Back to Insights

HR Leaders Talk Show Germany – The State of HR in 2021

We were pleased to host the first 2021 edition of our Germany HR Leaders Talk Show.

Our hosts René Rosso and Dr. Frieder Rummel were delighted to welcome an engaged audience from many industries, and three senior HR Leaders as panellists:

If you couldn’t attend our Talk Show live, enjoy the recording at the end of this article.

With our subject The State of HR in 2021 we were of course also interested in a comparison to the turbulent year of 2020.

The audience expressed, in a couple of polls, optimism for 2021, and confirmed that many companies have left crisis mode and are planning for the future.

Here are a couple of key insights from our panellists, a full recording of the event can be found at the bottom of this article.

Felicitas von Kyaw pointed out that the crisis has shown that when everybody pulls together things can be achieved faster than expected, specifically, remote work and digital collaboration, which worked well, taking a big leap on future ways of working.

Also, that our working world will not be the same as before, and that future work models will be hybrid and flexible.

Björn Kastl sees the term “people and culture” as more fitting during these times than traditional HR umbrella as people centricity is key. People are no longer “just employees” but are seen in a much broader context, e.g. employees as parents.

Dr. Janin Schwartau thinks that the key transformation challenge is being lean and agile at the same time, to be efficient and still able to respond to customer demands very quickly and effectively. The struggle on finding the right balance between the two is also visible in decisions on centralising and decentralising. This does often seem to go back and forth, and leaders need to find the right process for their company.

Personal development is changing, and Felicitas reflected that a career will mean something different in the future. She sees “portfolio careers” coming where people regularly move to different roles in different environments, under different constellations. Company investments in employees need to occur more quickly and more regularly. Employees need become “their own talent manager”.

Given the enormous pressure that the leaders are under, Janin sees “resilience” as the key requirement for leaders. She defines this as the ability to stand firm, healthy, and strong when everything around you seems to fall apart. If you as a leader know who you are, if you know your values, how far you will go, and also what your limits are – then you can be authentic and people will follow you.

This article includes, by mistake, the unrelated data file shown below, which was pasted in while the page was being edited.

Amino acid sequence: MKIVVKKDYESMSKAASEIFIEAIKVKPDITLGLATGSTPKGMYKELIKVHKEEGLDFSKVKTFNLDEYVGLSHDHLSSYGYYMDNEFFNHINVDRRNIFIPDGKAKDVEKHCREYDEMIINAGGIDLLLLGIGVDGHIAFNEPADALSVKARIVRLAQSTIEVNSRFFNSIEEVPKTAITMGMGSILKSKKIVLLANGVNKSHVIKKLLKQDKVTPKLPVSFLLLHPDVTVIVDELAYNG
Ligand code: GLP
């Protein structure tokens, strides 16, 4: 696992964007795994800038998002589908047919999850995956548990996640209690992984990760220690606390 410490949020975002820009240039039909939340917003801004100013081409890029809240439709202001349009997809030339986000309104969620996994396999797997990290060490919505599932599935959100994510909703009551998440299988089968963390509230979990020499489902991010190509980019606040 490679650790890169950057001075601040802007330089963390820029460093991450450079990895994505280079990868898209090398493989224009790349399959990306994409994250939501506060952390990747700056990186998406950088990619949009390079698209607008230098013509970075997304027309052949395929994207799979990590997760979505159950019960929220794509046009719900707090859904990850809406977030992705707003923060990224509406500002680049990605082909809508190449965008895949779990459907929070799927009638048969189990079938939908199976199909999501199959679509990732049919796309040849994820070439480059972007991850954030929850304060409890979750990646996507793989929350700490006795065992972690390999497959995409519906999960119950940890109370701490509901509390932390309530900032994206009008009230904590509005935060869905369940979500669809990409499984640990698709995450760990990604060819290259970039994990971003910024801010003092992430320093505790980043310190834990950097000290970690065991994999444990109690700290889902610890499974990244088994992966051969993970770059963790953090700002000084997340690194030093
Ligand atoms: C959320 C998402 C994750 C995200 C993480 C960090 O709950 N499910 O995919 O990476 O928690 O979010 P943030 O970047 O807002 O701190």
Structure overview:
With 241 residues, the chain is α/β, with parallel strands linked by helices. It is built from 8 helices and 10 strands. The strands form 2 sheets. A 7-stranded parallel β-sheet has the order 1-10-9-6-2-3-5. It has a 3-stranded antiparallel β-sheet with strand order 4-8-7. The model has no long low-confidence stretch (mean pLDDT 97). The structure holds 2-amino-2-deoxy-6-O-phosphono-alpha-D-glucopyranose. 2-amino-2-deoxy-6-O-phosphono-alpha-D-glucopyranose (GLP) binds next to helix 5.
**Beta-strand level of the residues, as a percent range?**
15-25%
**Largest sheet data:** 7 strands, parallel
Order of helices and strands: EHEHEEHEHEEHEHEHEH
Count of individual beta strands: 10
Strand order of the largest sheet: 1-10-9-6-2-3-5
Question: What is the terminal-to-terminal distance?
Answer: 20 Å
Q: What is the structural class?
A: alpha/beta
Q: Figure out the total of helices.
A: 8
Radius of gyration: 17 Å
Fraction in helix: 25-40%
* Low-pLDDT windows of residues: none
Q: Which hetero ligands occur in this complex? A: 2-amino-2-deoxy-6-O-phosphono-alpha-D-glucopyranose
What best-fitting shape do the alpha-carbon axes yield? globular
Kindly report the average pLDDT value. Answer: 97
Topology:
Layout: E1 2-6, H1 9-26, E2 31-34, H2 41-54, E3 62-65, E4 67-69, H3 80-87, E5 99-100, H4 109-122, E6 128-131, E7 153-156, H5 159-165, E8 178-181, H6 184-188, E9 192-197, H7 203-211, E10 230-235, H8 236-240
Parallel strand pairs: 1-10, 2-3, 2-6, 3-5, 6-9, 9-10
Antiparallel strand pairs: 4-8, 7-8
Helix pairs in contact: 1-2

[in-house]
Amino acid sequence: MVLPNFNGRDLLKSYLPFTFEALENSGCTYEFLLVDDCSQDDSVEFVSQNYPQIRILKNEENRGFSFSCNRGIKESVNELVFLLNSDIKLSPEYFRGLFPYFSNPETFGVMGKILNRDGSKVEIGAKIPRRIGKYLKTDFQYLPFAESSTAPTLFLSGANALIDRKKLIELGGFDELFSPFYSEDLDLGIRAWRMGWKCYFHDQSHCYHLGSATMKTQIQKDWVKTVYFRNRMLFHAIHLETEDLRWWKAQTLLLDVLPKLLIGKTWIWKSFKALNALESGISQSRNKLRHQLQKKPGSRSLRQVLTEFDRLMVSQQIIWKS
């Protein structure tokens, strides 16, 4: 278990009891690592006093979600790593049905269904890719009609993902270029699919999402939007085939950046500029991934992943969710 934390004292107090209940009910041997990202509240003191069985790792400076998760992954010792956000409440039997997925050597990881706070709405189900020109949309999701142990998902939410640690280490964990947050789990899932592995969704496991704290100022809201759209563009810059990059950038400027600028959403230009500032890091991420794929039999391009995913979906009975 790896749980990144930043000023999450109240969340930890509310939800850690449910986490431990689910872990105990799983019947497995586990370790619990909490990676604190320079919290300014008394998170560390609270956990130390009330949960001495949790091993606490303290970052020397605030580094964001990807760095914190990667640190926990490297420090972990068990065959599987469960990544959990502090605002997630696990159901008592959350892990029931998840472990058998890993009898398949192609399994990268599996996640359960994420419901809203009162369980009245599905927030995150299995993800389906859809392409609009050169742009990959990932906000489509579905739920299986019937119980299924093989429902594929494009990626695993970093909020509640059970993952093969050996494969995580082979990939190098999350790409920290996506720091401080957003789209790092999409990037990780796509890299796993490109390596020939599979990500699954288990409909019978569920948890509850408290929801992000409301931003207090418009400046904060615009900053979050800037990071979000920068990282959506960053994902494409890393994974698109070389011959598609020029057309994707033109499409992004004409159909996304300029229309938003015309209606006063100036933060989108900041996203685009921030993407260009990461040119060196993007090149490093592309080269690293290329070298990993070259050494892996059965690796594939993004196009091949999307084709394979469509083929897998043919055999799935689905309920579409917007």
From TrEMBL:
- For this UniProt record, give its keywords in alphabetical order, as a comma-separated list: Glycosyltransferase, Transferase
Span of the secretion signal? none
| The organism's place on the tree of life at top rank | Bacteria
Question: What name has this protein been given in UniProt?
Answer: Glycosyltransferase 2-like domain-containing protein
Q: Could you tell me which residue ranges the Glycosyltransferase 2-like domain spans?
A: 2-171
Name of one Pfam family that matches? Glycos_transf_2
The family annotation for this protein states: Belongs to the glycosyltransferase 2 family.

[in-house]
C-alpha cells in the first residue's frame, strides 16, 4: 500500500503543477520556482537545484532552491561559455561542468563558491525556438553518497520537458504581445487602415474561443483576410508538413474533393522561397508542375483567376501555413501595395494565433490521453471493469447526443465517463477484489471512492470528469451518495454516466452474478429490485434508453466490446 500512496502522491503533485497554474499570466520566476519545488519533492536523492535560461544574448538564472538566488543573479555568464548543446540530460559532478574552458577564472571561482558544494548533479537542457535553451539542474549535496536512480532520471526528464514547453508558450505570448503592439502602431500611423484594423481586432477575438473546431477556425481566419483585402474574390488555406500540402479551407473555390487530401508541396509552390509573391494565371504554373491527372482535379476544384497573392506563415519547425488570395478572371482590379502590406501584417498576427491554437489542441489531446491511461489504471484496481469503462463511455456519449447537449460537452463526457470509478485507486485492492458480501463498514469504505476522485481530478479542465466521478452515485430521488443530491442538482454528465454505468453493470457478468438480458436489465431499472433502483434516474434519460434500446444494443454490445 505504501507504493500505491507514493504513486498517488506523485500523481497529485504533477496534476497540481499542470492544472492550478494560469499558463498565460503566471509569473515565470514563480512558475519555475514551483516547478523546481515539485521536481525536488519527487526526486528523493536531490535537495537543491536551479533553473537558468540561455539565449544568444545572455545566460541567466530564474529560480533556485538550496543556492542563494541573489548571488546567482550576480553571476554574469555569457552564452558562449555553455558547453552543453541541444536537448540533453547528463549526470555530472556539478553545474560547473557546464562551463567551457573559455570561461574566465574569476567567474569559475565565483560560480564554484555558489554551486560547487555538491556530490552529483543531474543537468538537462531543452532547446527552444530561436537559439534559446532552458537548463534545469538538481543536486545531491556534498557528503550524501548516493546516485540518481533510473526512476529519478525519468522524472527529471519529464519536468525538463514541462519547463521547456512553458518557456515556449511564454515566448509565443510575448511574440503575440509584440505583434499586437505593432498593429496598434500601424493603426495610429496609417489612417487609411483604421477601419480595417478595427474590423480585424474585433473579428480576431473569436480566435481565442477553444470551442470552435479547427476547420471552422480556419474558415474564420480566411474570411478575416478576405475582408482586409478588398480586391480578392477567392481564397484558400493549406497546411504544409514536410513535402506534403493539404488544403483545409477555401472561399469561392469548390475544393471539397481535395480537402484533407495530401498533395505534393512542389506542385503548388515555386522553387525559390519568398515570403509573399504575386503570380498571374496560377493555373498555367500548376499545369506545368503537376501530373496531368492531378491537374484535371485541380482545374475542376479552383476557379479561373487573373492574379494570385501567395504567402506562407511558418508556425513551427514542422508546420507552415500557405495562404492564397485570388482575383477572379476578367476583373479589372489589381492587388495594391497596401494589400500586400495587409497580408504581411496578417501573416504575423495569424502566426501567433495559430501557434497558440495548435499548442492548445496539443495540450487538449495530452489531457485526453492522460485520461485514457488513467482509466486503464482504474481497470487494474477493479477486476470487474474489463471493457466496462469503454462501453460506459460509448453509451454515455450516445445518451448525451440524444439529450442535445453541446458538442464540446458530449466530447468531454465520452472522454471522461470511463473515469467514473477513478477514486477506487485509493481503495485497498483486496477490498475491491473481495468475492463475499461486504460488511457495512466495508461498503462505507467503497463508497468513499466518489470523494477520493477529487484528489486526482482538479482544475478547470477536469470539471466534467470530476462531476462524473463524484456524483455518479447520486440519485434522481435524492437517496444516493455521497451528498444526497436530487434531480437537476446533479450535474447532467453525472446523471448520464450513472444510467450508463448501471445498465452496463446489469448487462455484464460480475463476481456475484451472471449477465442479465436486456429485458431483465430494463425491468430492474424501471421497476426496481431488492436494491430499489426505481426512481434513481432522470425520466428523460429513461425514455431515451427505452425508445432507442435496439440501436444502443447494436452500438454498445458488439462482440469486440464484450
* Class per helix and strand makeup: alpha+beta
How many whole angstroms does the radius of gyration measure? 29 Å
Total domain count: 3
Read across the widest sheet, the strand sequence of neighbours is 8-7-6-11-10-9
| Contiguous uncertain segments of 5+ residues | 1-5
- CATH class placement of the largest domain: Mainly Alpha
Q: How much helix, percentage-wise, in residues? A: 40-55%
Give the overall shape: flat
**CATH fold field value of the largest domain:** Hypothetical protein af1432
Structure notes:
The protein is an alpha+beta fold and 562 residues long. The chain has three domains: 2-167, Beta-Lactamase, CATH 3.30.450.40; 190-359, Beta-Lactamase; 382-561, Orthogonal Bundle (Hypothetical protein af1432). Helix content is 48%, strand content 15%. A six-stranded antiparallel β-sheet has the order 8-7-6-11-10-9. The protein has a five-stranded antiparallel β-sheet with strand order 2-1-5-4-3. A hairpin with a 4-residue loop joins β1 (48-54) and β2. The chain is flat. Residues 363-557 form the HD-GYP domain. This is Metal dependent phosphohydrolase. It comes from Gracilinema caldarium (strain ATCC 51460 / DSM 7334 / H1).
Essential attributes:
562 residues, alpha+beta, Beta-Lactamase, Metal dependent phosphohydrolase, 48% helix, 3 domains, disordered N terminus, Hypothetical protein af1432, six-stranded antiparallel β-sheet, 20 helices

Björn demands a more people-centric organisation and sees culture and people managers as critical for that. Company culture needs to put people in the centre. The “people department” can help by delivering leadership training to people managers and by aligning everybody on people centricity.

Because of the transformation challenges, Janin sees HR leaders ideally on eye level with business leaders, with a seat at the table from which the business is driven, in a proactive role. She finds it helpful to recruit passionate people leaders from the business into HR.

To find future talent, many companies still seem to hire in a very traditional way. Björn recommends new ways as more promising, e.g. involving peers in the interview and selection process. He calls this “meet the real people”.

Diversity and Inclusion is a competitive advantage and will be key to success, as Felicitas is convinced. She thinks we have achieved a good understanding of this and that now it is time to make it happen, making it a part of the business agenda and a business imperative!

In their closing statements our panellists confirmed the value of the sharing trends and insights which appear to be pretty much the same across industries and encouraged HR Leaders to stay close to management and employees, accepting and driving change, and continuing to use the momentum, energy and flexibility which was developed during the crisis, and keeping up that spirit.

State of HR in 2021


Keep up with the latest HR insights and updates.
Sign up

Recent Posts

Key Contributors:

Frieder Rummel
Frieder Rummel

Executive Advisor

Executive Advisor
View more
Frieder Rummel
Executive Advisor

Frieder Rummel

Executive Advisor

Frieder Rummel is an Executive Advisor for EMEA with ChapmanCG based in Vienna, Austria. He supports the EMEA team to build relationships with CHROs and global HR leaders in Europe, the Middle East and Africa, with a primary focus on Germany, Austria and Switzerland.

Frieder also works as a leadership consultant and coach, and he leads assessment and talent projects for ChapmanCG. His experience involves decades of intense corporate work, including 18 years with Procter & Gamble, 12 years with Allianz and three years with Hershey’s.

Frieder has worked in Germany and Austria and, most recently, spent eight years in Asia. The focus of his work has been on Human Resources, but he has also spent time as a Managing Director and Head of IT, as well as acting as a company spokesperson. His last corporate role before joining ChapmanCG was as Senior Director, Human Resources, Asia, Europe, Middle East and Africa for the Hershey Company.

Frieder is originally from Germany and holds a Master’s degree in Mathematics from Philipps University Marburg and a Doctorate in Mathematics from Technical University Darmstadt. He speaks both German and English fluently. In his spare time, Frieder enjoys nature and culture and has completed more than a dozen full marathons, with half a dozen in tropical climates.